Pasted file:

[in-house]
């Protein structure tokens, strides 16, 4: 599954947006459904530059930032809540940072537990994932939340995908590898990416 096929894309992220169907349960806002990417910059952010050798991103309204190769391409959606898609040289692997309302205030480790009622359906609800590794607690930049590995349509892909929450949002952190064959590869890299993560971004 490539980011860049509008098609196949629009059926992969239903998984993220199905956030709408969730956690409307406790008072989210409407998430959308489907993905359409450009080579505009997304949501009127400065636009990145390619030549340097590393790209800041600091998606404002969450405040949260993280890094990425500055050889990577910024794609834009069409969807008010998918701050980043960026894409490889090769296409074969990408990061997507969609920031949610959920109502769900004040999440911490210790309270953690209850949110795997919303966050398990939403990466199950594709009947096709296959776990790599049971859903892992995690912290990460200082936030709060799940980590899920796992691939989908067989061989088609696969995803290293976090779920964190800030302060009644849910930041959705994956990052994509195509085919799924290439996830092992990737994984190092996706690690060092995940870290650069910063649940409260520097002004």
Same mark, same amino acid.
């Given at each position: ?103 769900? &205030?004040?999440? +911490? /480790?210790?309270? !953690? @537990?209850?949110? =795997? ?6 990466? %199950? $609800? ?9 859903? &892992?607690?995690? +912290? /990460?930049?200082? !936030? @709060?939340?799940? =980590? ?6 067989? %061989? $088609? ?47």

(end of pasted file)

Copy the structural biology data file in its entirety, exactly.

[in-house]
């Protein structure tokens, strides 16, 4: 599954947006459904530059930032809540940072537990994932939340995908590898990416 096929894309992220169907349960806002990417910059952010050798991103309204190769391409959606898609040289692997309302205030480790009622359906609800590794607690930049590995349509892909929450949002952190064959590869890299993560971004 490539980011860049509008098609196949629009059926992969239903998984993220199905956030709408969730956690409307406790008072989210409407998430959308489907993905359409450009080579505009997304949501009127400065636009990145390619030549340097590393790209800041600091998606404002969450405040949260993280890094990425500055050889990577910024794609834009069409969807008010998918701050980043960026894409490889090769296409074969990408990061997507969609920031949610959920109502769900004040999440911490210790309270953690209850949110795997919303966050398990939403990466199950594709009947096709296959776990790599049971859903892992995690912290990460200082936030709060799940980590899920796992691939989908067989061989088609696969995803290293976090779920964190800030302060009644849910930041959705994956990052994509195509085919799924290439996830092992990737994984190092996706690690060092995940870290650069910063649940409260520097002004």
Same mark, same amino acid.
């Given at each position: ?103 769900? &205030?004040?999440? +911490? /480790?210790?309270? !953690? @537990?209850?949110? =795997? ?6 990466? %199950? $609800? ?9 859903? &892992?607690?995690? +912290? /990460?930049?200082? !936030? @709060?939340?799940? =980590? ?6 067989? %061989? $088609? ?47």